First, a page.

Armor is a type of apparel that is worn on the body to reduce damage from attacks. Armor comes in two varieties, corresponding to the two different skills governing armor usage: Heavy Armor and Light Armor. In addition, there are shields which provide an additional passive increase to armor rating (active blocking is governed by the Block skill).
Armor comes in several pieces which can be equipped independently of each other, these pieces are:
- Armor: covers your legs, chest and shoulders
- Boots: covers your feet and ankles
- Gauntlets: covers your hands up to your elbow
- Helmet: covers your head
- Shield: protect and block attacks
Armor appears in several different materials and styles, which determine the quality of the armor. Higher quality armor provides better protection (but is generally heavier). Which quality armor you will find is generally determined based on your character's level.
The following table describes the base level at which an armor type begins to show up randomly for the player. Lower level armor will also randomly appear, but so will higher level armors in certain situations: potentially up to at least 12 levels "early". Enchanted versions of each armor type will begin to appear one level later; see Generic Magic Apparel for more information. See Leveled Lists for details on how these lists are used to determine the probabilities of individual items appearing. Although Dragonscale, Dragonplate, and Daedric armors can all be found in random loot, once your level is high enough, the chances of finding any of these armor types is 20 times less than finding other armor types.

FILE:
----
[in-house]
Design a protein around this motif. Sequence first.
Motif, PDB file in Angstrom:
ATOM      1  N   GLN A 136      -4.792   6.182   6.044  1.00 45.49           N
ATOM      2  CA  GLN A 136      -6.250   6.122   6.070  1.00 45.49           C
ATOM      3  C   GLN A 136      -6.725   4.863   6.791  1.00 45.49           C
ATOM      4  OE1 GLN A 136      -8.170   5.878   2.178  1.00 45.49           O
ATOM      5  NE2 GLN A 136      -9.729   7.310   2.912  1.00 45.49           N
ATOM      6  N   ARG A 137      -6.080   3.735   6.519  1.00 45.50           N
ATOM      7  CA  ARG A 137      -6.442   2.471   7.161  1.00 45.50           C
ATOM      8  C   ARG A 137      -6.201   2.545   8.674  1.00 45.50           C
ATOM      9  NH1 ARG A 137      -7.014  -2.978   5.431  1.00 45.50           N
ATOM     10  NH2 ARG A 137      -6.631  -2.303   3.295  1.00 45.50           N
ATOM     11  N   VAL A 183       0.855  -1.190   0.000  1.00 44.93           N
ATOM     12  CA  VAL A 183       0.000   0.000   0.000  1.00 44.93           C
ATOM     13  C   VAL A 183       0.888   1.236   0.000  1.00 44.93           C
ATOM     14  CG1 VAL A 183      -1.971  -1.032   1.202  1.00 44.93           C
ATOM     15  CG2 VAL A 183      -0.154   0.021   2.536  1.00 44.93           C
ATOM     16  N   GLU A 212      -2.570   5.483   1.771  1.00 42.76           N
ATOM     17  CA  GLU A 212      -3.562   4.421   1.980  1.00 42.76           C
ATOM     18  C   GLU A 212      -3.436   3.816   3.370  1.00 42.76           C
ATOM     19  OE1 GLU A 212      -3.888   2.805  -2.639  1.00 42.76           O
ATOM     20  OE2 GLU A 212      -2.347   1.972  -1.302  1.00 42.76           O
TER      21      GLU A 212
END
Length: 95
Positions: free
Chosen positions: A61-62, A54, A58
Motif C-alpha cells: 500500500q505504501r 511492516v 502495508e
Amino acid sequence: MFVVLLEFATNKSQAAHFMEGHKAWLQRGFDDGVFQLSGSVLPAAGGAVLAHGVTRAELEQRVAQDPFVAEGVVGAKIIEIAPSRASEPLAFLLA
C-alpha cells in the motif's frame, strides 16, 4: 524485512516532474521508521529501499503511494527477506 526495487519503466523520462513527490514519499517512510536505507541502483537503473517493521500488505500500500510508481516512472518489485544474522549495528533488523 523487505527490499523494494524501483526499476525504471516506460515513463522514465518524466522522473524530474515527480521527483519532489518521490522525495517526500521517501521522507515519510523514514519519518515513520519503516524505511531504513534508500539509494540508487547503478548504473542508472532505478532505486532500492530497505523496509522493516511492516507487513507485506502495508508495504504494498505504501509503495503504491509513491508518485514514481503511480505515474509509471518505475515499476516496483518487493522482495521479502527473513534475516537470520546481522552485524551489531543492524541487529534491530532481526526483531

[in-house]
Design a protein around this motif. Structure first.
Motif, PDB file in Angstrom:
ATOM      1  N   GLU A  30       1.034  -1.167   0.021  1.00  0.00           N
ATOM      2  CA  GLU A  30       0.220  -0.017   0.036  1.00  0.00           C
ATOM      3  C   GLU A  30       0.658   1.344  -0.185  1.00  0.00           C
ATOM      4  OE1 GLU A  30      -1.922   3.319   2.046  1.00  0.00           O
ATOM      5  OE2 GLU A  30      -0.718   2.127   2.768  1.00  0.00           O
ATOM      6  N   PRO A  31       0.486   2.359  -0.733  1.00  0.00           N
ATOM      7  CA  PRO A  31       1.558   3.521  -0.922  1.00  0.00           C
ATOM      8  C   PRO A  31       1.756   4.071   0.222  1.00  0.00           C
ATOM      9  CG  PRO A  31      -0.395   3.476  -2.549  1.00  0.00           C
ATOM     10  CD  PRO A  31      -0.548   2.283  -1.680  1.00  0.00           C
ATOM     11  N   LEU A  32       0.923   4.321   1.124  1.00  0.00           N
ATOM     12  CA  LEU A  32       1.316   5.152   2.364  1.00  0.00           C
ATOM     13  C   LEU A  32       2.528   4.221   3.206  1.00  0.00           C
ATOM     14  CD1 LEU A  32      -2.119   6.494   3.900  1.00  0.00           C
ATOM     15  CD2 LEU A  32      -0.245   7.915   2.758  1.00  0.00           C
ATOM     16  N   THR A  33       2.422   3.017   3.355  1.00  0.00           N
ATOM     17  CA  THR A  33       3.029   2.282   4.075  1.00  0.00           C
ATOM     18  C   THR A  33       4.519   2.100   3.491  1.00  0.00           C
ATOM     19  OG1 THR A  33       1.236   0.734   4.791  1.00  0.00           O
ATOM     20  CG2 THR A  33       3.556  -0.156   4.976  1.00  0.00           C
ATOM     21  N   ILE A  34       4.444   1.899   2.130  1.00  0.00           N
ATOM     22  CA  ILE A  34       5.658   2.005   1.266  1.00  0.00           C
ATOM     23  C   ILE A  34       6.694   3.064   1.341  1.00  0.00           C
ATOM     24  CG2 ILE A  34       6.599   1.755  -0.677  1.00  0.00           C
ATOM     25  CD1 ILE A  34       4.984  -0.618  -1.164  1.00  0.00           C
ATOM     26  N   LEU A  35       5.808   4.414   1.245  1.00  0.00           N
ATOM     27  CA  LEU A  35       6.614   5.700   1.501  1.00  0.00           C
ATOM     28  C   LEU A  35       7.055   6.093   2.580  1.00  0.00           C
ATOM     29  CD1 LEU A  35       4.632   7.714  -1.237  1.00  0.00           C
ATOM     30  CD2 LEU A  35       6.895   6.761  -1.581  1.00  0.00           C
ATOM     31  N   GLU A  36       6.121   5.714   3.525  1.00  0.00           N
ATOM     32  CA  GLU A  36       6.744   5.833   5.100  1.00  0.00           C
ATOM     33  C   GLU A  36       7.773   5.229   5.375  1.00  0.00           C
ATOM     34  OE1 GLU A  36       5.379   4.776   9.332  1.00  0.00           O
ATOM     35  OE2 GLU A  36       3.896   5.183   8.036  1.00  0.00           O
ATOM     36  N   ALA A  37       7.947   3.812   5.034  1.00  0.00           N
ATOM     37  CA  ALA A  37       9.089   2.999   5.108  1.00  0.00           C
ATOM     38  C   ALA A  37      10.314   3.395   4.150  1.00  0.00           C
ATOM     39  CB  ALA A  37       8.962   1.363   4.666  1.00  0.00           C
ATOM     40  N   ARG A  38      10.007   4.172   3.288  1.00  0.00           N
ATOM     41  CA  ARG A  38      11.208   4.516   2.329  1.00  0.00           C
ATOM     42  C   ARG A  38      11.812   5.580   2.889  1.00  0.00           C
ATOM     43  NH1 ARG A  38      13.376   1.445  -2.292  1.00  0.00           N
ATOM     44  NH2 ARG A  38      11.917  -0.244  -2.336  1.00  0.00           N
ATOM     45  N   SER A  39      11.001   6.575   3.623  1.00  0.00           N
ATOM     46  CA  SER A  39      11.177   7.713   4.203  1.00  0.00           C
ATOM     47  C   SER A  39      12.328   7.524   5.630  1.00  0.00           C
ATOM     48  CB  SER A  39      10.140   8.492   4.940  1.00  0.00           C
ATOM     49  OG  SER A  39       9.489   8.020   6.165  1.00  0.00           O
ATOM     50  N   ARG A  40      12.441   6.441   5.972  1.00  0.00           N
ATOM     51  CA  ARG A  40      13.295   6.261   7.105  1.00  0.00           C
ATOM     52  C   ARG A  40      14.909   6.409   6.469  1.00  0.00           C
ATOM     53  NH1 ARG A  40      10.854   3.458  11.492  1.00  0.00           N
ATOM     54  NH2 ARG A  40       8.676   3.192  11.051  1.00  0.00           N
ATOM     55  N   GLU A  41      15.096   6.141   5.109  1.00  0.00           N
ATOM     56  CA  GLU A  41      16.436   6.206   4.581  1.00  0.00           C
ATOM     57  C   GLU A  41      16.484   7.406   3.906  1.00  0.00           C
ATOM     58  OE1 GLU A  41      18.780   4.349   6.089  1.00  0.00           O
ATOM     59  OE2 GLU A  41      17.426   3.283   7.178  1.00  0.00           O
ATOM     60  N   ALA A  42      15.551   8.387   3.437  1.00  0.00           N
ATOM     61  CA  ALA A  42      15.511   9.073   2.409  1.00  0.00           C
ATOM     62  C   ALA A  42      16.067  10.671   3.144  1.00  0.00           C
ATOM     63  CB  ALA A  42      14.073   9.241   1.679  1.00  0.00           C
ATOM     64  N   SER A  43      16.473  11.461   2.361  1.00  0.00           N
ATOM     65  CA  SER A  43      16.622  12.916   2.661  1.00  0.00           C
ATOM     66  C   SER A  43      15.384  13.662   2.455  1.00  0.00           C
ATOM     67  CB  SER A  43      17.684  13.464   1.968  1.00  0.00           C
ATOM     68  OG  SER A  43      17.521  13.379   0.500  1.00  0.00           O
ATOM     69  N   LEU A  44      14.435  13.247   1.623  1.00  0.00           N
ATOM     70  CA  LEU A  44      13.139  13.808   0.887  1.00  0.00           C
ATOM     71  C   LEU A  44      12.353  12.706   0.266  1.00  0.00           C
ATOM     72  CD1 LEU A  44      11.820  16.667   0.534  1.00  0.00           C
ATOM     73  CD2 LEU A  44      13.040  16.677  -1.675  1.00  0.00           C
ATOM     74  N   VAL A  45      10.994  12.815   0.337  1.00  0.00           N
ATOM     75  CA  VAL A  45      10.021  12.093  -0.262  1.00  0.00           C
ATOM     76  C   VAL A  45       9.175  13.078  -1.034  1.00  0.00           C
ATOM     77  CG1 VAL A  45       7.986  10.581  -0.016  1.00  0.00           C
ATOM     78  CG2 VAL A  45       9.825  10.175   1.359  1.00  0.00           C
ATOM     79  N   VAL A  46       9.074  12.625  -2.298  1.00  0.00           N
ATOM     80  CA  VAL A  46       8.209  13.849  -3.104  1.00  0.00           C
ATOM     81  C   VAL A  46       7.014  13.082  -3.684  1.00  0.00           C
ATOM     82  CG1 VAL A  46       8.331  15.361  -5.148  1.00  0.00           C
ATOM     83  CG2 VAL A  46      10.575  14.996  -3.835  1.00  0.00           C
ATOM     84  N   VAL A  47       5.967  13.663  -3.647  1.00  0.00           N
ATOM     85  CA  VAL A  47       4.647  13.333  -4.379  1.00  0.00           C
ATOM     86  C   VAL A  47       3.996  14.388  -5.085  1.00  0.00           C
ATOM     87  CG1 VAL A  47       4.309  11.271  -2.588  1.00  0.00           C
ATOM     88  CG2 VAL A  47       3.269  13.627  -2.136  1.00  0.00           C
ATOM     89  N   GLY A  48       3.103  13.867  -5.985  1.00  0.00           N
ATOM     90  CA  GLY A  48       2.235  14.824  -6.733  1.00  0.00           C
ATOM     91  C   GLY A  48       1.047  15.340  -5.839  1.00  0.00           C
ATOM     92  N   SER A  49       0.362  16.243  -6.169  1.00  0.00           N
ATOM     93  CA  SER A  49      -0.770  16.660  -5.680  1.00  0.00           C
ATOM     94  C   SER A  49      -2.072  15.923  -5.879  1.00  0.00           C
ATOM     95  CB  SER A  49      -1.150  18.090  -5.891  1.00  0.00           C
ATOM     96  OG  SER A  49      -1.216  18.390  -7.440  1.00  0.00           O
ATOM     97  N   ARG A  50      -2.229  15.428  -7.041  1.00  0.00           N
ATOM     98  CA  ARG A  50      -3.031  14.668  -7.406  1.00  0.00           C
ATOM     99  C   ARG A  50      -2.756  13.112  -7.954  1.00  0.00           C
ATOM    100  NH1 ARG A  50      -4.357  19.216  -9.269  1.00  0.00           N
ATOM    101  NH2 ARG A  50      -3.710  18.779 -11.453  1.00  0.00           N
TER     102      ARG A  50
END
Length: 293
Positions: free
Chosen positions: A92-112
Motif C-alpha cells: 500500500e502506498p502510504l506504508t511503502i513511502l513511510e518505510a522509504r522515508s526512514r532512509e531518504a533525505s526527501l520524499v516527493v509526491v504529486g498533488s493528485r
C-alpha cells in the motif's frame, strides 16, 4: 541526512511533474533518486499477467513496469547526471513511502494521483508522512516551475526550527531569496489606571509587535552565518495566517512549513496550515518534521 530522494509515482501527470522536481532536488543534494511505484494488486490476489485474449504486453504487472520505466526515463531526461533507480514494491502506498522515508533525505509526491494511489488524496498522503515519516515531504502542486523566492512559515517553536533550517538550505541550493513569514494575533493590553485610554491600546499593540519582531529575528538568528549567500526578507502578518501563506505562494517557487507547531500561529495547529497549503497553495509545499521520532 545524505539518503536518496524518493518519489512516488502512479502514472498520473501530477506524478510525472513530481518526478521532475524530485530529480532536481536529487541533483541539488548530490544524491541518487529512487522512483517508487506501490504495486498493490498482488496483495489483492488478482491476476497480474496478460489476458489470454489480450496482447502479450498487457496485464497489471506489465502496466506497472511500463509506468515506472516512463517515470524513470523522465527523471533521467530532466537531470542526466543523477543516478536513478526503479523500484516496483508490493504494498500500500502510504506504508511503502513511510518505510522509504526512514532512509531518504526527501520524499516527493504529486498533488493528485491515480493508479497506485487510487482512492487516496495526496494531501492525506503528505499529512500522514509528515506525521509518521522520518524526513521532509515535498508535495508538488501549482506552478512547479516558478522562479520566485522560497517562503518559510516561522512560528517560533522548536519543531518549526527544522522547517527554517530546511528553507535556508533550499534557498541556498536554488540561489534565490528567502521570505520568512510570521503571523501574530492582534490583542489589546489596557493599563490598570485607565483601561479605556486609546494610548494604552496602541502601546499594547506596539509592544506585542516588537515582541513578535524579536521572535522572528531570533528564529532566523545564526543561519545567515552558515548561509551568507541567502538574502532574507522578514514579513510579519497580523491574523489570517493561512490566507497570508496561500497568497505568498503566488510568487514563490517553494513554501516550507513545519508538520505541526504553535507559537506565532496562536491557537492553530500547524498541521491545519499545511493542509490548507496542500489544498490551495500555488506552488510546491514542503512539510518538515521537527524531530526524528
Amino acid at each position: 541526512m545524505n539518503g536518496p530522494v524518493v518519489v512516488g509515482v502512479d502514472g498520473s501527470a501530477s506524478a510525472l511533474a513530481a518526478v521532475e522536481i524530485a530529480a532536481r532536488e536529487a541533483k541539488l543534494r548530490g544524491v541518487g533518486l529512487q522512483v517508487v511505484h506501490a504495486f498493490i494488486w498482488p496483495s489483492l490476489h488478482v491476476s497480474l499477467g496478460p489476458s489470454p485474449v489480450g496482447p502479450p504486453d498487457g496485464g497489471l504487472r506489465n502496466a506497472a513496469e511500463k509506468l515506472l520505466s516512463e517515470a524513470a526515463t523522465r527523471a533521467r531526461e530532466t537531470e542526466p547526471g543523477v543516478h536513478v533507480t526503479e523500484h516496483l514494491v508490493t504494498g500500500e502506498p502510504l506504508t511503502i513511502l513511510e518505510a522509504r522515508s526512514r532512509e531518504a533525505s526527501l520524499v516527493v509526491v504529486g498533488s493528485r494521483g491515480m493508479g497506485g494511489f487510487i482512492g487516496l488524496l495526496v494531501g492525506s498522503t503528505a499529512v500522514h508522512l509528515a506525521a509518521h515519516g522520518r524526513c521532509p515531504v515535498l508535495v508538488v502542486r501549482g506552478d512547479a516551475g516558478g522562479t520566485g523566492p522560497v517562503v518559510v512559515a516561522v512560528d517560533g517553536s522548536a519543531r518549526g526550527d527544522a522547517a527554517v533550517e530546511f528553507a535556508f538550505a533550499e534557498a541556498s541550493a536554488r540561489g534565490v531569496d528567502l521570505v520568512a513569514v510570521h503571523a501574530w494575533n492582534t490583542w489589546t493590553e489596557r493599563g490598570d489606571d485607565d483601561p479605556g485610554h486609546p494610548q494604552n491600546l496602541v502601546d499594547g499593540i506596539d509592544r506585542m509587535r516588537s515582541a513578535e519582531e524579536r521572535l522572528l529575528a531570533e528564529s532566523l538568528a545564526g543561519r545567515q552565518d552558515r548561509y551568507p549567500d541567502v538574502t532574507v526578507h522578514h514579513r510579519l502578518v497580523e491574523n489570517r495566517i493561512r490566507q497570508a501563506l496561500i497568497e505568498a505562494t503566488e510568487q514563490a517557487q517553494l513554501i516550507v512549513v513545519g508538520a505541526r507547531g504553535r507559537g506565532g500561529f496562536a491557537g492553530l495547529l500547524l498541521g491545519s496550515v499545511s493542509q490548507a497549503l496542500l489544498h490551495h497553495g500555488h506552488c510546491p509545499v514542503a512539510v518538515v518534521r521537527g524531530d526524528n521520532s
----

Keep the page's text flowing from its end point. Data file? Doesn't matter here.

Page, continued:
Most armor from the list below can be created at Forges, by using the Smithing skill. The ability to make armor is not dependent upon your character's level, but is instead dependent upon which Smithing perks you have unlocked. All standard armor can also be tempered at Workbenches, if you have the necessary auxiliary item. Tempering is twice as effective if you have unlocked the perk necessary to forge that armor. Tempering an enchanted version of the armor (whether custom-enchanted, or generic) is similar to tempering the base version--it requires the same auxiliary item, and is twice as effective if you have unlocked the forging perk--but also requires the Arcane Blacksmith perk to be unlocked.
Jewelry, (specifically, amulets/necklaces and rings), can be created at any blacksmith's forge from ingots and jewels, but these are not counted as protective armor (the two exceptions to this are noted in the section above); similarly, circlets/crowns--like common clothing--are not attributed with any armor/protection value. (Note: The Aetherial Crown, which is a unique, quest-related, crafted item (added by the Dawnguard DLC), unlike other jewelry items, is eligible for improvement by ordinary smithing, but still only ever bears an armor rating of 0.)